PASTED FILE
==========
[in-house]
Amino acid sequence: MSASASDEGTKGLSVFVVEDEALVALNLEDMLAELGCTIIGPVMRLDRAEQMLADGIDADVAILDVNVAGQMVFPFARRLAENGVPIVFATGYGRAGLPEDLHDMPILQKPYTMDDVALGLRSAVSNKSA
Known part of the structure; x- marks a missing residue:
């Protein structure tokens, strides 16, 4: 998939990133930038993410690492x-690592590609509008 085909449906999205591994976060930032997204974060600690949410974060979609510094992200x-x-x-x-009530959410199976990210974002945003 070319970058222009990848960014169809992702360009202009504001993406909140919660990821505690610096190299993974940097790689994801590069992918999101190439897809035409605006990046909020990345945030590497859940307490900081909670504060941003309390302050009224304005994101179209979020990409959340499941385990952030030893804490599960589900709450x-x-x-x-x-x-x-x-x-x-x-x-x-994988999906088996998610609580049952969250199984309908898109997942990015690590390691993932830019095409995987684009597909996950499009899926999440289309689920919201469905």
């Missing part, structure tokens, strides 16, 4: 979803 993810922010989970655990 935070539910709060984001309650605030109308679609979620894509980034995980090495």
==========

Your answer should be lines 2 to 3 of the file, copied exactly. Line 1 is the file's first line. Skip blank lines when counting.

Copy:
Amino acid sequence: MSASASDEGTKGLSVFVVEDEALVALNLEDMLAELGCTIIGPVMRLDRAEQMLADGIDADVAILDVNVAGQMVFPFARRLAENGVPIVFATGYGRAGLPEDLHDMPILQKPYTMDDVALGLRSAVSNKSA
Known part of the structure; x- marks a missing residue: